Locked down MotoGP bikes returned to Europe

The MotoGP machinery that has been locked in storage in Qatar since the cancelled season-opener has been returned to Europe following an extensive logistical mission.

Locked down MotoGP bikes returned to Europe

The global coronavirus pandemic resulted in the Qatari government imposing travel restrictions on travellers from Italy, which ultimately led to the cancellation of last month's scheduled first round of the 2020 MotoGP season. 

All MotoGP machinery had been left in Qatar following the final pre-season test the week prior to the race, and was subsequently moved into storage at Doha airport.

Working with its partner Qatar Airways, MotoGP ensured the bikes were placed into a “highly-secure, automated and climate controlled” facility to keep them safe, with the original intention of shipping them on to wherever the season would ultimately begin.

But with the following seven races all being being postponed due to the worsening COVID-19 situation, it was eventually decided to move the freight to a secure facility in Catalonia, near Dorna's Barcelona headquarters.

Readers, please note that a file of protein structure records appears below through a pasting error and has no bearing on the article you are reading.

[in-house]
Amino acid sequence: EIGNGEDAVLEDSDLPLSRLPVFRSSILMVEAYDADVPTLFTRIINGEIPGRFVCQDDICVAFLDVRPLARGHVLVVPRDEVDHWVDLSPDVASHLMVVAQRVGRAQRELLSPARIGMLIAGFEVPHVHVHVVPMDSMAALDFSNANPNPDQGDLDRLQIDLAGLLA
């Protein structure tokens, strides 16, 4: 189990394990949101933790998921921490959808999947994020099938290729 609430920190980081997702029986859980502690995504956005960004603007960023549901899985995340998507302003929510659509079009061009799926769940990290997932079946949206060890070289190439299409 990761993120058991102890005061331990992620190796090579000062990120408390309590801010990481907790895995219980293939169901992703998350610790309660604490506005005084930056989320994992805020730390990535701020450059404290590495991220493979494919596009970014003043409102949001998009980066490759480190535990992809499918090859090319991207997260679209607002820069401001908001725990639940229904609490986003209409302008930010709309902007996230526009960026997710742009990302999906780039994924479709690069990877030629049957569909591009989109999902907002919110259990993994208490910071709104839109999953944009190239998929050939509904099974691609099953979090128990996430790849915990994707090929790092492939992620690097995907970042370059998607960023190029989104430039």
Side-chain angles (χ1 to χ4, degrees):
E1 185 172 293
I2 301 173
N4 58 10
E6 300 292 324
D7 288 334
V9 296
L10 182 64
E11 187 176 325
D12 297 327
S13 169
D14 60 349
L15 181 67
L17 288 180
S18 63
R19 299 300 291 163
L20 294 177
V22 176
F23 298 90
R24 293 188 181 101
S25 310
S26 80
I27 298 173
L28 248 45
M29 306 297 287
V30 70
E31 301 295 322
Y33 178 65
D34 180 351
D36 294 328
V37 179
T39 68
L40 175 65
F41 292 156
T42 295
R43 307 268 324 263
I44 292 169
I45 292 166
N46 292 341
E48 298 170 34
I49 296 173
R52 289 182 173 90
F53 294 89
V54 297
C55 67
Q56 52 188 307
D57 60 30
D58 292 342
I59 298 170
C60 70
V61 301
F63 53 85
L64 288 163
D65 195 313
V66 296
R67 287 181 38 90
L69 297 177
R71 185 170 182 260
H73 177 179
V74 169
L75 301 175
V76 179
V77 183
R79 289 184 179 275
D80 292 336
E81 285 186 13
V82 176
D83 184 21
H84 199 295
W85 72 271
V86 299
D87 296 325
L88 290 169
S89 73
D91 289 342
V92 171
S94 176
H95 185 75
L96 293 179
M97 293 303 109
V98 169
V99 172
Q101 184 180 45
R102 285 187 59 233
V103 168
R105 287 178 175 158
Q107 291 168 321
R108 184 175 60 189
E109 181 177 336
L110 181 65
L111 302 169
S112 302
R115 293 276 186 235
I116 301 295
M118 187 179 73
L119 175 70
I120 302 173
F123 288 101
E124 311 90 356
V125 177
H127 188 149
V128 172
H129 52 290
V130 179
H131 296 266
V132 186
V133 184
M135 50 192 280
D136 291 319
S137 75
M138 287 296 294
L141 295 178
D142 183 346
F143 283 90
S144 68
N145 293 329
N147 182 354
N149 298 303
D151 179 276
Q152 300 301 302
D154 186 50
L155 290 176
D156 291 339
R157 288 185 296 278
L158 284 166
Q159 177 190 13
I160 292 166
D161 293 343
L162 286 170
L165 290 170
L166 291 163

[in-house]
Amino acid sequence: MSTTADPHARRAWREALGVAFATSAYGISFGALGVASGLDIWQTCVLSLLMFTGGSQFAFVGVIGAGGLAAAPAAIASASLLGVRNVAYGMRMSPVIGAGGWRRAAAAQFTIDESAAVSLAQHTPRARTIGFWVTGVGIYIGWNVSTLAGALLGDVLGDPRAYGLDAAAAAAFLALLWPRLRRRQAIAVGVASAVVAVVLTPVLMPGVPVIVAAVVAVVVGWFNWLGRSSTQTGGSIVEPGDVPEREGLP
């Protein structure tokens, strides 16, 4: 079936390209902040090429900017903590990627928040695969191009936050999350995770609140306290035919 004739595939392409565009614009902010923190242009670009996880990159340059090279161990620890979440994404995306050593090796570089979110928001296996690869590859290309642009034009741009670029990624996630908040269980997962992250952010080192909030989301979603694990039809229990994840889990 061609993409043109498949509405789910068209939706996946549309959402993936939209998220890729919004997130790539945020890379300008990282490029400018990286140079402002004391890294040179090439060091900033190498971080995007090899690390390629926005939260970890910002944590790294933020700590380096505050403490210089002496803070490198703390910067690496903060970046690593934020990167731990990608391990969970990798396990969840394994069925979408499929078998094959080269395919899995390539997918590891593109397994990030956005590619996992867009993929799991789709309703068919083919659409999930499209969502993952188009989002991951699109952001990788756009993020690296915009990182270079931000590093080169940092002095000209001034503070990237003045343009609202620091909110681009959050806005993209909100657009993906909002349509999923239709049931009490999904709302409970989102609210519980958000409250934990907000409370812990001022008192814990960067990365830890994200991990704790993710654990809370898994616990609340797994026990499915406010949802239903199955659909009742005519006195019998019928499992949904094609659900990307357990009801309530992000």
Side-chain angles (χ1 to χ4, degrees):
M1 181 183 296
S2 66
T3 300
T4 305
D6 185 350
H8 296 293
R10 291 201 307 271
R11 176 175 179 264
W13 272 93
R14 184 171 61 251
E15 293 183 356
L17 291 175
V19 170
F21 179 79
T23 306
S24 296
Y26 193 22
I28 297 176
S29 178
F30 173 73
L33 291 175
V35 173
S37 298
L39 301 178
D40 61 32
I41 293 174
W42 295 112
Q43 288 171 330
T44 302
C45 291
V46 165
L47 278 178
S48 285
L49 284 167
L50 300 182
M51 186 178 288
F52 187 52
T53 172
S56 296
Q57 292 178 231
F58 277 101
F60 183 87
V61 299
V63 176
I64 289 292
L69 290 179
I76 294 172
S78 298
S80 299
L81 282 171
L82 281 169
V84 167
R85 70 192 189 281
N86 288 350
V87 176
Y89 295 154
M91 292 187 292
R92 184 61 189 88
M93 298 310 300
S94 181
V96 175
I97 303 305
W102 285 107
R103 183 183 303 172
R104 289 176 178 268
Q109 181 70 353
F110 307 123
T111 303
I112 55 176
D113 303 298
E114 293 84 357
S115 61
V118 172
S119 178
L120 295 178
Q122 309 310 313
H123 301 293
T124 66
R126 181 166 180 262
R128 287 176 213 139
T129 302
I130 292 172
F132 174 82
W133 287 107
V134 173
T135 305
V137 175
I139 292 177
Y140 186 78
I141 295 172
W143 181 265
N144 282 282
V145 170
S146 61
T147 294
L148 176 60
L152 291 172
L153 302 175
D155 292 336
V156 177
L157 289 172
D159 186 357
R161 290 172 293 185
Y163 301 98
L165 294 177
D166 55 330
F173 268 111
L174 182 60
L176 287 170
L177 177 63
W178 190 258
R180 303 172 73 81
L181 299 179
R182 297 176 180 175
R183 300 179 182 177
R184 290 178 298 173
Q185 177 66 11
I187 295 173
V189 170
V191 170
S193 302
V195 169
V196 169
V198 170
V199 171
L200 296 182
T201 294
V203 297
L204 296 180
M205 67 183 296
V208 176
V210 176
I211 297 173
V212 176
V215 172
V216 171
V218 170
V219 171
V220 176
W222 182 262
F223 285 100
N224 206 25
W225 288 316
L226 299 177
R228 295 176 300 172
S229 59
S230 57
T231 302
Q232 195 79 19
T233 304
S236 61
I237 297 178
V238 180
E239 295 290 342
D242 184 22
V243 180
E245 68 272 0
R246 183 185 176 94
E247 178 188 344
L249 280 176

Due to the high demand for repatriation flights from Qatar to Spain, Dorna worked with Qatar Airways to organise the five flights needed to get all material back to Europe. 

The process of getting all the bikes and team equipment, as well as Dorna’s own television equipment, began on April 1, with four of the five flights landing in the town of Zaragoza in the Aragon region and the remaining one heading to Barcelona. The fifth and final flight touched down in Zaragoza on Wednesday.

Some of the material will be kept in storage in Catalonia until the season resumes, while some of it is returning to those who have requested it to store themselves.

Although not yet officially postponed, recently-announced extensions on bans on mass gatherings in Germany and the Netherlands means both the German Grand Prix at the Sachsenring and the Dutch TT at Assen are certain to be delayed.

Dorna boss Carmelo Ezpeleta recently stated the aim is now to get the season up and running in August with the Czech Grand Prix at Brno, having previously said he would be “delighted” with a 10-round campaign this year.

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